There was a second inspirational point on the walk when we came upon a wonderful old tree with a gigantic canopy. It was simply amazing as a lot of trees in Brazil are (or in the U.S for that matter). I stopped and looked up into the tree and thought: I could lie under this tree and relax for hours. With the cool breeze blowing over my face and sun slightly penetrating the foliage above, it would truly be a wonderful afternoon. I wonder to myself: where did these days of relaxing go? I used to have them but in the bustle of getting ahead I have lost them somewhere. My experience in taking time off to have an extended stay here has truly brought back some of those care free ideologies. I hope I find time to relax and snuggle up under a big old tree in the near future. Our stay under the grand tree today is shorter then I want, but the time to move on has come.

We head back to the house and on the way I snap a ton more photos. The neighborhood is simply spectacular and a treat for one’s eyes. I see a couple of
lots with their “vendo” (for sale) signs out front and make a mental note. Would I like a home here? How peaceful and tranquil it would be. It would be like most of the homes here with their open floor plan and lots of outdoor living space. They are modest homes and I feel at home here. Who knows, maybe I am foreshadowing my own life?

Shortly we arrive back at gentleman’s home and soon it is time to head back to the city. We jump in the pick up and off we go. When we arrive at their apartment (to my surprise as I thought they would take me home) a traditional Brazilian lunch was prepared by the maid. Renato, Marinete, and myself just needed to walk across the street to get something to drink with our lunch and we are set.

After lunch there is a brief conversation about the afternoon and I once again wish I had brought my little translation dictionary along. I thought they were taking me home but as we passed the Flamboyant Mall, Walmart, and the Modern Museum of Art, I realized they had to make a return visit to the house in the country. I really did not care, as there were a couple more streets for me to explore. We arrived and I left to take a walk on my own. I cherished the time to myself and I soon felt like a young boy walking down the roads in Iowa. The sun was bright and hot and the breeze still cool.

Around the neighborhood I walked, enjoying the many photo opportunities and beautiful treasures to be found. I soon began to day dreaming of walking in our grove back in Iowa as a child. Searching to find hidden treasures and making up stories about life. What a wonderful time childhood was and how wonderful nature is.

Soon it was time to turn around and as I began walking back I was met by Marinete. She had come to keep me company on my journey. It was a welcome gesture as there were a few kilometers to walk. The conversation was a little easier as her English is a little better then Renato and we have a couple of discussions. On our return we stop to visit with a man tending his garden. We learn he is a professor and his life long dream is to have a home with a beautiful garden. So upon retiring he purchased this lot, built a modest home, and started to tend his garden. I had noticed him this morning on my walk, tending to his plants. Wondering what his story was and now pleased to learn what it was. Marinete and I say tchau and soon our walk is over. After a quick tour of the man’s home it is time once again to head back to Goiania.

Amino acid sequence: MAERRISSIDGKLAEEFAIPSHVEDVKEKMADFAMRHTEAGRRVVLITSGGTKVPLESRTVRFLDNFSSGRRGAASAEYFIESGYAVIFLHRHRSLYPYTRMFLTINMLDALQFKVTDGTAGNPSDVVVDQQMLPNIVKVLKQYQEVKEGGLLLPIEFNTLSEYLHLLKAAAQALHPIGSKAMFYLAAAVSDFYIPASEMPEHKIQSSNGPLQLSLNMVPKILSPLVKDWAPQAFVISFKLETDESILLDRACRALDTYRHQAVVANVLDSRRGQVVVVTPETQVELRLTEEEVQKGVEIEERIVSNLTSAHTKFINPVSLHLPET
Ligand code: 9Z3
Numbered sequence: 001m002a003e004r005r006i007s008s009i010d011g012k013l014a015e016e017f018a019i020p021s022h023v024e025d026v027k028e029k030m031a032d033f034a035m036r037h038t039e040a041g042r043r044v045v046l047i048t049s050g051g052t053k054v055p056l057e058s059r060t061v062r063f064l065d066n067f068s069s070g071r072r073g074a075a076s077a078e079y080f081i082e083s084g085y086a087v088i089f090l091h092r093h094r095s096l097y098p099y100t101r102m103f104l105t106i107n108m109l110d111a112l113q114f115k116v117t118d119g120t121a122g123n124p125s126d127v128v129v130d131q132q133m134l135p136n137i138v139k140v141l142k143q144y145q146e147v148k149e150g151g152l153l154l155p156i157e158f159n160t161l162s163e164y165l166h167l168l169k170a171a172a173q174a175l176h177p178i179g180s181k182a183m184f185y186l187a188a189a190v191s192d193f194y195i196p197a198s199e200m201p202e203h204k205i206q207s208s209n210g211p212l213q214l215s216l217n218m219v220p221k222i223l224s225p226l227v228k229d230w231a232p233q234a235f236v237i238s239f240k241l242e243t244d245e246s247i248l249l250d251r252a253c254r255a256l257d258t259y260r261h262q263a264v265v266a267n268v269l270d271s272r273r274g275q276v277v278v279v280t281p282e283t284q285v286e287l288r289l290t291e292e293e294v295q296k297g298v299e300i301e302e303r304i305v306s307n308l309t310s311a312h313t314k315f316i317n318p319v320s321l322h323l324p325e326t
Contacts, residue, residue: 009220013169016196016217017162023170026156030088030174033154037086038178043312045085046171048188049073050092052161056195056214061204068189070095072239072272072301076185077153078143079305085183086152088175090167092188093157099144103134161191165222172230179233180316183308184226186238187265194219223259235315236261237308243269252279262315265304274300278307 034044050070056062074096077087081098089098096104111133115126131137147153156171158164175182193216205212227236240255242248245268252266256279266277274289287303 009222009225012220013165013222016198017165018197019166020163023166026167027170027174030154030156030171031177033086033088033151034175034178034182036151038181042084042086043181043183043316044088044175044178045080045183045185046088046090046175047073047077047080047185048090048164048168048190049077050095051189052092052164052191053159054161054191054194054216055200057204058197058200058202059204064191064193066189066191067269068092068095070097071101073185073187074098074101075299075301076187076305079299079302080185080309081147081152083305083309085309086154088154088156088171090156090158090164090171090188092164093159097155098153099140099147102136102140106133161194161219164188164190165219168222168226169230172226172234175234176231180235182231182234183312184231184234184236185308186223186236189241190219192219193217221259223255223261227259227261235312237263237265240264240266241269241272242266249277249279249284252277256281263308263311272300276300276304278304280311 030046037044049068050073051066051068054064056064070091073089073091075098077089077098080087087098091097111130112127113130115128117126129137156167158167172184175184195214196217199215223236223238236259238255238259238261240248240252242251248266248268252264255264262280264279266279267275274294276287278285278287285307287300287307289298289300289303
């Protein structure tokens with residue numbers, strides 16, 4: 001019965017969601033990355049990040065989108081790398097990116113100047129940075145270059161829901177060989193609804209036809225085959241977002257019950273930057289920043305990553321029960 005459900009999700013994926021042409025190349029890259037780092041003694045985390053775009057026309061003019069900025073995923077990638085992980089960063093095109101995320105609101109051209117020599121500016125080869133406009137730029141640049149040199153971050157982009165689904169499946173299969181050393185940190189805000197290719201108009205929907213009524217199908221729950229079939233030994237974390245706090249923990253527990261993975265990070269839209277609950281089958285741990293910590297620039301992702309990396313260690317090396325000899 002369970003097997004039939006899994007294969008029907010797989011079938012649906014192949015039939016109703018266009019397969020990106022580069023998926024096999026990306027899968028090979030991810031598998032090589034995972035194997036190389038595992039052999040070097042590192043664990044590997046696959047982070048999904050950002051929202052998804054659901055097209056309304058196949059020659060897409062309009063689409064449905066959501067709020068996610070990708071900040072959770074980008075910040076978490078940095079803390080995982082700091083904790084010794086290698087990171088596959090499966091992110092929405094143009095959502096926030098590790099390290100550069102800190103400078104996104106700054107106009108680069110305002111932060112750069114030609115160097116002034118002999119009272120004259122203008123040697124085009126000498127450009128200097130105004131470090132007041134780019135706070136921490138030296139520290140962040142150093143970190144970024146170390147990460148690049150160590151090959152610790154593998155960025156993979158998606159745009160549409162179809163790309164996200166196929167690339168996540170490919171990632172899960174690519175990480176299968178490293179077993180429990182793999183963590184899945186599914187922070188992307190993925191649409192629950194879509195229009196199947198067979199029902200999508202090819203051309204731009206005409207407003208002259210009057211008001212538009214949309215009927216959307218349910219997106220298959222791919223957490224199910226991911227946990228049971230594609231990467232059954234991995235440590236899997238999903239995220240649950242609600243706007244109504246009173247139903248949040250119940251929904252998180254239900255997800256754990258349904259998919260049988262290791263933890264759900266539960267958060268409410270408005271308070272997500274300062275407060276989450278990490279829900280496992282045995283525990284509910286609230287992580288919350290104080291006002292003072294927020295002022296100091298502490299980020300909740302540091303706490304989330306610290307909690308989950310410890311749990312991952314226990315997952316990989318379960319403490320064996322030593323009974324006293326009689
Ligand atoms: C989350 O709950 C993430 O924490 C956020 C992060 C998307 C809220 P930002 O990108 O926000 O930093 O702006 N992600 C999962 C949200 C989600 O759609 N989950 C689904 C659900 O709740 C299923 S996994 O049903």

We travel the twenty kilometers (or so?) back into Goiania and soon we are at the entrance of a gated community. Obviously this is a wealthier community with its security guards and well groomed curb sides.  I am not sure why we have stopped but always welcome another peek into a community and way of life I have not seen before.  I soon understand we are stopping to visit some friends of Renato and Marinete. We clear security and after a brief discussion on directions, head down the well manicured street. It is much different then other communities I have visited in Goiania. The house are large, modern, and don’t have fences around them. We drive a couple blocks and take a right and turn into the first driveway. The friend of theirs

greets us in the parking lot (in English) and it is soon shared that she has spent some time in the United States. Her home is beautiful (as you would expect as she is an interior designer) with white textured wall paper and a glass chandeler.  We are immediately offered a tour and I surely do not refuse taking a look.  As she shows us her open living area, she is happy to share that the floor plans for the home are from the Internet. There is actually a home somewhere in the U.S. with the same floor plan. We get a quick tour of the home and back yard. I am reminded of Iowa again as she showcases her flowers: Petunias, alyssum, hydrangeas. These are all flowers I planted many years growing up in Iowa. I remember spending time tending to the flower beds around the house. Watering, weeding, and there were plenty of petunias that’s for sure. She is proud of her flowers (and should be) as they are rare in this subdivision or this part of the country for that matter. She offers a story that her gardener is tired of her neighbors always asking
questions about her flowers and what they are. It is truly one of a kind in her neighborhood. After pasteis and coffee, we hop back in to the pick up for the trip home. She invites me to her son’s birthday party but I don’t think I will be in Brazil at that time, but I sure hope we get to visit her again sometime in the future. Her energy is good and finding someone who speaks English is always a welcome treat.

We meet Luiz for dinner where I share my thoughts about my walk with Renato and how good that is for me. How I need to focus on broadening my vocabulary in the Portuguese language. We end our day by driving to an ice cream shop for a cold frozen treat. I deserve it after all the walking this afternoon. Since arriving in Brazil over a month and a half ago I have not stopped to enjoy one of my favorite treats.  Ice cream is definitely a great exclamation point to this day.
(Read - "Off to Mineiros")

No comments: